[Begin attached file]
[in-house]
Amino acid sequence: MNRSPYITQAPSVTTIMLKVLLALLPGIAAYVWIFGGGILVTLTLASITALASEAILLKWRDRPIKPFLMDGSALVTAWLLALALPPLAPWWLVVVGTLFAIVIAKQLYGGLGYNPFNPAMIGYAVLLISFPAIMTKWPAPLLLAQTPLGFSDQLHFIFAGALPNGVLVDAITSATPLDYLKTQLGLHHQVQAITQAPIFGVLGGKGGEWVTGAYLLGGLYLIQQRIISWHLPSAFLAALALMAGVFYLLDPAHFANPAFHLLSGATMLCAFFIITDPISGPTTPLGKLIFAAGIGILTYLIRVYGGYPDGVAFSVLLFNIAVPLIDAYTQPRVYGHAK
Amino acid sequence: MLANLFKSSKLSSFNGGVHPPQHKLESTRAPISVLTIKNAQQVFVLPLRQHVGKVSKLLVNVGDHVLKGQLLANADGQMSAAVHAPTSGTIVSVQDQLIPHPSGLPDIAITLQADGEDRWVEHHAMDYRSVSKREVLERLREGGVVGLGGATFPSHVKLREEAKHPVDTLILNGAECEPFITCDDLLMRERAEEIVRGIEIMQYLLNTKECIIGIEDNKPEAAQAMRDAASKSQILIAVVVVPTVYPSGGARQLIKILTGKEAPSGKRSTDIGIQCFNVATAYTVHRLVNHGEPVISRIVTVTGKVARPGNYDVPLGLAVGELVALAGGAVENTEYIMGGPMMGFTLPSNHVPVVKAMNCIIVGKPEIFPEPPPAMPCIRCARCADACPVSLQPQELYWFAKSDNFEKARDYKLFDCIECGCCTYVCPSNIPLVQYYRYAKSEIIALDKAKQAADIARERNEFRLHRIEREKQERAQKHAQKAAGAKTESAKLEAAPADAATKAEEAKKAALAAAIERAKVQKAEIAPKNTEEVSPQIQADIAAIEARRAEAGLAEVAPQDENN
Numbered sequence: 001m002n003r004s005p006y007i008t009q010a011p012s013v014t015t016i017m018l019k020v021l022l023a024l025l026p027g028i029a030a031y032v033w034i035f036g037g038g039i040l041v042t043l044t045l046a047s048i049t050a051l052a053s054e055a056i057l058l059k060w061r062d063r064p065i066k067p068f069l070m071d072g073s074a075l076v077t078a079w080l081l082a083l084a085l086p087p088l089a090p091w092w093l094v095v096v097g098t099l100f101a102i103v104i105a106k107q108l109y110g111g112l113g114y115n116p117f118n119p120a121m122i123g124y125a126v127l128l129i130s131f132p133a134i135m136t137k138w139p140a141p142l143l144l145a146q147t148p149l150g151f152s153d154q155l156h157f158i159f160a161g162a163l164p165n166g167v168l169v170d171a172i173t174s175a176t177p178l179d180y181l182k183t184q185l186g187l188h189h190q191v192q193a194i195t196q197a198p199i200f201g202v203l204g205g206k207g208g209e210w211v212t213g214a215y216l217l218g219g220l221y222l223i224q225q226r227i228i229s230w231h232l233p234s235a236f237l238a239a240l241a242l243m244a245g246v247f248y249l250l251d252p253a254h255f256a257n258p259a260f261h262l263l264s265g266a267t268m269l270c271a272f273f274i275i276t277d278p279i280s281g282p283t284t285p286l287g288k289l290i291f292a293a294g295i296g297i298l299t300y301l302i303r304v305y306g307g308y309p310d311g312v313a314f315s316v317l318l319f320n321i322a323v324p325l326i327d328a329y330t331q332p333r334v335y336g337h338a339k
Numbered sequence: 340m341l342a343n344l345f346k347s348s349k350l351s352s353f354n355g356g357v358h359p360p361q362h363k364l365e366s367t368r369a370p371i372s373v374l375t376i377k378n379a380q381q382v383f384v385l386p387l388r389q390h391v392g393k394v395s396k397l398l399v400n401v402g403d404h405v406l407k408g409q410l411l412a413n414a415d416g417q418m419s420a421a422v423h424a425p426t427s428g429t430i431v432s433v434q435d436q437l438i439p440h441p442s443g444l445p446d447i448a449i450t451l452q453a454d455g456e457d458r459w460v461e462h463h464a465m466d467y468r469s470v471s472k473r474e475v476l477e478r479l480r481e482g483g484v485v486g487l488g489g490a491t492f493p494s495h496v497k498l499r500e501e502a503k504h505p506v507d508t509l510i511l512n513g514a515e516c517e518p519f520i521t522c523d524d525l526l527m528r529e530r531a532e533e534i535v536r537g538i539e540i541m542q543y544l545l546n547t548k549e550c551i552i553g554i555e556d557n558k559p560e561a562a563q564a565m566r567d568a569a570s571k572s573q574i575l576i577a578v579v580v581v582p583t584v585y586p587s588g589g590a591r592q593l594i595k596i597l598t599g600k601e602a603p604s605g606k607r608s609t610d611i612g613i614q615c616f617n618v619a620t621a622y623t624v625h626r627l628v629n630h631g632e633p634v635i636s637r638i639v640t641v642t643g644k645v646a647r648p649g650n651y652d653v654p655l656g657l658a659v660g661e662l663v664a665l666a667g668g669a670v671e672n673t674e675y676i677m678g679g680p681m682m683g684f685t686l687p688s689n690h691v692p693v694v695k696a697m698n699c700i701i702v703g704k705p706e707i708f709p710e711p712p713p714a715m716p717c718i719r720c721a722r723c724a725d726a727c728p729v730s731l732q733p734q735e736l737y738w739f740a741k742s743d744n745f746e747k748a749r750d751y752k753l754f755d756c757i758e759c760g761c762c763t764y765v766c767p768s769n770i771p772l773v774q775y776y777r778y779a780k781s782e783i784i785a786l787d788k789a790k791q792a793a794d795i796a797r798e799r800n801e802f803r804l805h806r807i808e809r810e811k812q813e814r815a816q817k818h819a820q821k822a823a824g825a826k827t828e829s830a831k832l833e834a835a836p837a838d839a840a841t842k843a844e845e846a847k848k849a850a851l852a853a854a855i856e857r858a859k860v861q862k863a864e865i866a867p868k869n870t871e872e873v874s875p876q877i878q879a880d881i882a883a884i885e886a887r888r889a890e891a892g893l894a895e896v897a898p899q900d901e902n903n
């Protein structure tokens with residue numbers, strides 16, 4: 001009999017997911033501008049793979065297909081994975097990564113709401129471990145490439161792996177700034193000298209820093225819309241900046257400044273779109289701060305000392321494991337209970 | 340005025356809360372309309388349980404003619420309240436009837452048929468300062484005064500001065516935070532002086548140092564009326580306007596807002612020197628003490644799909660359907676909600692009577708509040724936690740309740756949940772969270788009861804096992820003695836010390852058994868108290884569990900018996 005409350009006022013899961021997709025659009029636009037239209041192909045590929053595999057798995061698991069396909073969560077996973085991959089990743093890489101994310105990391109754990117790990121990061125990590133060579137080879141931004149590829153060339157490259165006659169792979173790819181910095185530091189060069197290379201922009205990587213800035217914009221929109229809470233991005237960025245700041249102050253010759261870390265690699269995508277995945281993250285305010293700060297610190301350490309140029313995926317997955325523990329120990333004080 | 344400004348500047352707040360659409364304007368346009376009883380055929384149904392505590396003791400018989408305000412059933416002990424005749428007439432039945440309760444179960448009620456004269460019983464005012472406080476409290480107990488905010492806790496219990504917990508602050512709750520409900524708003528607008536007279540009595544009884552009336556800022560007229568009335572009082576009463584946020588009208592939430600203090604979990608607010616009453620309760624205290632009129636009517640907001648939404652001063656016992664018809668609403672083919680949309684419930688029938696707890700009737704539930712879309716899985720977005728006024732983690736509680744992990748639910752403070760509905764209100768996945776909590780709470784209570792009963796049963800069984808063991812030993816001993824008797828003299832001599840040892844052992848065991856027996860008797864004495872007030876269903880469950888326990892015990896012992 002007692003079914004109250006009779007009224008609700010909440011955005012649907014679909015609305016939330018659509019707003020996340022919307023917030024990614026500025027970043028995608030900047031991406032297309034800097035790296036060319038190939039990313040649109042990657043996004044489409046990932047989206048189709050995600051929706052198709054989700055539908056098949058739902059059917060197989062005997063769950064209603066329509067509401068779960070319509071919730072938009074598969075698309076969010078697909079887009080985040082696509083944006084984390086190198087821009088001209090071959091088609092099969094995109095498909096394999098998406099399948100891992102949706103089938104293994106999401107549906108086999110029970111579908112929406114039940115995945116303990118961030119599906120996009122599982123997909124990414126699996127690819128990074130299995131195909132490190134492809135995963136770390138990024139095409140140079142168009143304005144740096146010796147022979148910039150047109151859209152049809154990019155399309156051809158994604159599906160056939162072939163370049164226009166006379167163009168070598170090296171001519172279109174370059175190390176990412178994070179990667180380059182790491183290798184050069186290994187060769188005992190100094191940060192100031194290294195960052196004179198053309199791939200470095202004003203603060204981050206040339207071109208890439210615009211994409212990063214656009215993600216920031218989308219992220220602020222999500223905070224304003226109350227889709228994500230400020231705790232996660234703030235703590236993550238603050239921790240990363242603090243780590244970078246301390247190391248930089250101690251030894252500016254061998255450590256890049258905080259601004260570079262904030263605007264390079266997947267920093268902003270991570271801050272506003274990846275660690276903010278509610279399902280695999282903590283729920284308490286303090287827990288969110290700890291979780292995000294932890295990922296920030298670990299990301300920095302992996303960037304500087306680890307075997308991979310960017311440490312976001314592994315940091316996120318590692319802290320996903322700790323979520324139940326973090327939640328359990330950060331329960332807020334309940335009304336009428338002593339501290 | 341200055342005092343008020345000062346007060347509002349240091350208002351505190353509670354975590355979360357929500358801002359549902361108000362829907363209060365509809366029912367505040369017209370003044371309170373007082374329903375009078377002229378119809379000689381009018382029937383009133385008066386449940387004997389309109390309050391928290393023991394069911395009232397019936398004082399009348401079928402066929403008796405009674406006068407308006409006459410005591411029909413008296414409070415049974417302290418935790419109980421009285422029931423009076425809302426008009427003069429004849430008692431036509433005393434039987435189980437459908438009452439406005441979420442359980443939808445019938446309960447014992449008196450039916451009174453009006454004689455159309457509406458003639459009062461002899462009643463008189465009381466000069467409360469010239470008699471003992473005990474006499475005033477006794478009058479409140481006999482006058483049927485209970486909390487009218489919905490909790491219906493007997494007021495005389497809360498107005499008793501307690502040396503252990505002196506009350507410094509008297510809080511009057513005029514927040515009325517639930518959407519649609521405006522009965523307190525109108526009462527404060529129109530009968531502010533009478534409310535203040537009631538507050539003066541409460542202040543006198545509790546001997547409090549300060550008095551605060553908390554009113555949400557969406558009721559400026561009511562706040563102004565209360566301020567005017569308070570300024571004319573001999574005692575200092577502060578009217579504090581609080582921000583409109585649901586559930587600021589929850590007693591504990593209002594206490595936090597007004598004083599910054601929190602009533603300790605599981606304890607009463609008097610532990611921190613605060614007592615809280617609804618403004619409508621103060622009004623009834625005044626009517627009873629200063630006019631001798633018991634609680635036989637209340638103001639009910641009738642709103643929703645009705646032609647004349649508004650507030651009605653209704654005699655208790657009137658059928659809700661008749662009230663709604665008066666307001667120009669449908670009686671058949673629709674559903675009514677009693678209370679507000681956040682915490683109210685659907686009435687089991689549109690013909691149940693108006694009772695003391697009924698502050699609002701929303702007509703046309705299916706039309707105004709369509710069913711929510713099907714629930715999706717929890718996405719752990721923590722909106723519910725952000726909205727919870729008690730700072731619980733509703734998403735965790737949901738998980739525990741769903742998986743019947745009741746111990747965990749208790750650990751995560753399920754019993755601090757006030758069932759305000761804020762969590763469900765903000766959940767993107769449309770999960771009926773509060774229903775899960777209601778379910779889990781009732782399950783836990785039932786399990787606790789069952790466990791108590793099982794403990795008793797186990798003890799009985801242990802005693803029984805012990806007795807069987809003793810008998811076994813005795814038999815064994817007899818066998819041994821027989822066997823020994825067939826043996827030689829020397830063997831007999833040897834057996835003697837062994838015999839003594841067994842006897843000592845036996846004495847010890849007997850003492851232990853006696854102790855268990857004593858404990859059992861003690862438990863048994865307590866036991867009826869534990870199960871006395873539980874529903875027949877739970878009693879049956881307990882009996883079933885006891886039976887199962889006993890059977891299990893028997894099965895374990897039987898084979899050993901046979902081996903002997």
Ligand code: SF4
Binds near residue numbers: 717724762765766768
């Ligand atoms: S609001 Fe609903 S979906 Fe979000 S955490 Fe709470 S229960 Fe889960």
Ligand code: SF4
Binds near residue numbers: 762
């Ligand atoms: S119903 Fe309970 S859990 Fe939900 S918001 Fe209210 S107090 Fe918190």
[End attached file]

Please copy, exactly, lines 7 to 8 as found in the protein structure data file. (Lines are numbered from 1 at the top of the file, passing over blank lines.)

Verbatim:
Ligand code: SF4
Binds near residue numbers: 717724762765766768